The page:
Thursday, January 20, 2011

Arunachala Pradakshina

Arunachala Pradakshina (pronounced – aroo-narch-alla-pra-duck-shin-a - and said really, really quickly as if it is all one word) is the sacred walk around the Arunachala mountain, which by no stretch of any intelligent persons imagination can be considered a mountain. To an Australian this would be a major mountain, but by NZ standards little more than a speed bump. Arunachala is a hill all the same but mountain definitely sounds better.  Arunachala is an incarnation of Lord Shiva, according to Hindu mythology. There is a major festival in November where the town of around 130,000 swells to anything up to 2,000,000 and they all walk the Pradakshina, I cannot imagine that in my wildest imagination as even nearer the end of todays walk it was getting pretty crowded as thousands were starting out as I was nearing the end.
The walk is 14km and is especially done every full moon day by thousands upon thousands of people, today was a full moon day. Best time to do it apparently is earlier in the morning or later in the afternoon and evening so I headed out at noon, the hottest time of the day. My legs were pretty tired from the last few days of walking but thought I would just take my time, after all, there’s no hurry. Wasn’t so hot, maybe 30-32 degrees but I found that pretty good for the most part as there are plenty of trees for shade for a lot of the walk. Oh the other really cool thing is that you are supposed to do it in bare feet, which to your average Indian is probably not a big deal, even on the at-times very rough roads. I definitely wore shoes because with my whimpy soft western feet I can barely make it across the cobbled paths to the swimming pool at the hotel. There were two German girls I spoke with briefly after I started, they had already done maybe 5km (you start wherever you start) and were suffering already with about 9km to go. Not only were their feet getting sore but it was starting to get really hot as well. When I asked why they were doing it the hard-core way they simply said “because zose are ze rules”.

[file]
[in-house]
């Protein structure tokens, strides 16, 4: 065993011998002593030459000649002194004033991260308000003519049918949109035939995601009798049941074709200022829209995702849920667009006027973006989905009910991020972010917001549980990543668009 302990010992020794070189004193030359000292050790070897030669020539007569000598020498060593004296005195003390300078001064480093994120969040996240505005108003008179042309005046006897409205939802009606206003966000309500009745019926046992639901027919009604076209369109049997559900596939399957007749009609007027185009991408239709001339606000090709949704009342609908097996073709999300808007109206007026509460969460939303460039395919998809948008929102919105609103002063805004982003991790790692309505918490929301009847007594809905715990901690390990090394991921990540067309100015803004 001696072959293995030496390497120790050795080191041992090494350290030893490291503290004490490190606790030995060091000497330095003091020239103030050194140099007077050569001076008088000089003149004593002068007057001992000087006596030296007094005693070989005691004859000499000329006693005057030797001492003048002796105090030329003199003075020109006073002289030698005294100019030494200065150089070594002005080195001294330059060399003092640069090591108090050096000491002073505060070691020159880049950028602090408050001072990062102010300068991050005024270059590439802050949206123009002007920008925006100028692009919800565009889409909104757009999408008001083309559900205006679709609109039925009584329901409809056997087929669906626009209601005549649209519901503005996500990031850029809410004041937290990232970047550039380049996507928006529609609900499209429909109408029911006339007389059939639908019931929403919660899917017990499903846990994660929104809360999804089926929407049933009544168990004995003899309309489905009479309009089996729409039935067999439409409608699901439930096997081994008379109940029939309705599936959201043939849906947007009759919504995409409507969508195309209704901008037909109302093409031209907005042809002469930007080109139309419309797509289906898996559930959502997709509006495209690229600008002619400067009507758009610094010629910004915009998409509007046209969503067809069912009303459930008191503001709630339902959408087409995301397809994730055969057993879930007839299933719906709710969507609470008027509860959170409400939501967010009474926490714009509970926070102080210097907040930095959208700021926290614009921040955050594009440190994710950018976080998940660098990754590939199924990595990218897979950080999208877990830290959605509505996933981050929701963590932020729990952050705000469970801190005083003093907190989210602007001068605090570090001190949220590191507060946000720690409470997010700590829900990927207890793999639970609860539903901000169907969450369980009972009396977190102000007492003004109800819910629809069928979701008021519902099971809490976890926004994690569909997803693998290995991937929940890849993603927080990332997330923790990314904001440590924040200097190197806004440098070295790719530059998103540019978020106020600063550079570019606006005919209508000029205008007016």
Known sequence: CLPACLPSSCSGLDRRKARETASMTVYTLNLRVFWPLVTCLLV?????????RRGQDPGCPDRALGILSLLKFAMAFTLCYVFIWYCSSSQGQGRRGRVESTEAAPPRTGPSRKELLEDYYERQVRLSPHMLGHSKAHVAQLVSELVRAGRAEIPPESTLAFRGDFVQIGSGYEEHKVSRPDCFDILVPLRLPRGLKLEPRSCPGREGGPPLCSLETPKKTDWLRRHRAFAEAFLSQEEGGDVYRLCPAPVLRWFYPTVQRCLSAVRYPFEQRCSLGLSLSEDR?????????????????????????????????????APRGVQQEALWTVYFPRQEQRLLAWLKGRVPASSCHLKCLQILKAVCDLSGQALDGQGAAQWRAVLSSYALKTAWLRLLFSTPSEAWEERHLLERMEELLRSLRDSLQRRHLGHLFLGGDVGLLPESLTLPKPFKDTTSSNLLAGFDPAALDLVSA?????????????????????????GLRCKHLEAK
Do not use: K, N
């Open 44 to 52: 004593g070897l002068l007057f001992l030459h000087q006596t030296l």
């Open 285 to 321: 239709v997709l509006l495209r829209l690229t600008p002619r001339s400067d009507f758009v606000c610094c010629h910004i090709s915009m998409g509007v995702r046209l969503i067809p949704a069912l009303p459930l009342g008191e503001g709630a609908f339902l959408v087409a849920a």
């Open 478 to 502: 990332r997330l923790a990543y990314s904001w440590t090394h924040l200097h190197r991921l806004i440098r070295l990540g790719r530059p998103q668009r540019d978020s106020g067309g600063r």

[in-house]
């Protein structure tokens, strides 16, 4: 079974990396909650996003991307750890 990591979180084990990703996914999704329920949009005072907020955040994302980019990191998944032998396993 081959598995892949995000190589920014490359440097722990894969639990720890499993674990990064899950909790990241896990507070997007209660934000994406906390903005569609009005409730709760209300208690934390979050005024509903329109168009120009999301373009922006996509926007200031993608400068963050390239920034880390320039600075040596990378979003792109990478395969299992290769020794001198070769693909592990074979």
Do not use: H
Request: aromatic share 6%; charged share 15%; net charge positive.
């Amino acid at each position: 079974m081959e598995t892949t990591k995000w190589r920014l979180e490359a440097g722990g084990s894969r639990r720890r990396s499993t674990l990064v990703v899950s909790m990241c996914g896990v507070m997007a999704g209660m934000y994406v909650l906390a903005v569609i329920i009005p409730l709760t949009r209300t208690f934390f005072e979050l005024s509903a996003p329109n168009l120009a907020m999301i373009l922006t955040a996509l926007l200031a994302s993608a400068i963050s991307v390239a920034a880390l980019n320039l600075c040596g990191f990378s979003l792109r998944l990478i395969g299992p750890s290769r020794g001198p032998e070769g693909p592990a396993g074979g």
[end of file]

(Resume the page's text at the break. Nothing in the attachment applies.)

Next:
I stopped for maybe half an hour at the Ashram as I passed, which for me was around the 9km mark. They have acceptable toilets there, well probably the only public-type toilets in Tiruvannamalai come to think of it.  It was extra busy due to the Pradakshina, not so peaceful but still heaps of shade, which was nice. Some people make a real event of this walk, take maybe 6 or 7 hours over it, stop at the various temples along the way, stop for Chai and a chat whereas others are on a mission and probably clean it up in maybe 2 ½ hours. I can tell you that by the time I got back to the hotel the pool was extra cooling today.
Here’s another funny little story from the “Only in India” file….
The not-so-bright auto-rickshaw driver – This one rick-astley driver was taking me part of the way back to the hotel, a 4km stretch of road. He wanted to show me a better way, a faster way, “That way 4km, this way much faster, only 4.5km”….only in India ???

Here’s a selection of photos I took along the way.

Company Bicycle !

Fleet of Company Bicycles ! 

Tree Phone

Some more of the super-up-to-date transport round the town !

Strange, on the Pradakshina people would stop at all the little temples along the way, of which there seem to be one about every couple of hundred metres. This one they would squeeze through a pretty narrow gap and out the other side (then pay some more money no doubt !)

This couple have a thriving rubbish-sorting-through business.

Shoe repair man

This is a Gopuram at the big temple, more on that later when I eventually visit it

The Pradakshina is the perfect opportunity for all manner of beggers to come 
out onto the street to ply their various trades......

......Like the Babas.....

This Baba lives in this little hut on the side of the road

The thousands on their Pradakshina

I have become more and more selective about who I give a few rupees to. This guy is severely deformed and qualifies in my book, whilst there are many who don't

The busking Babas

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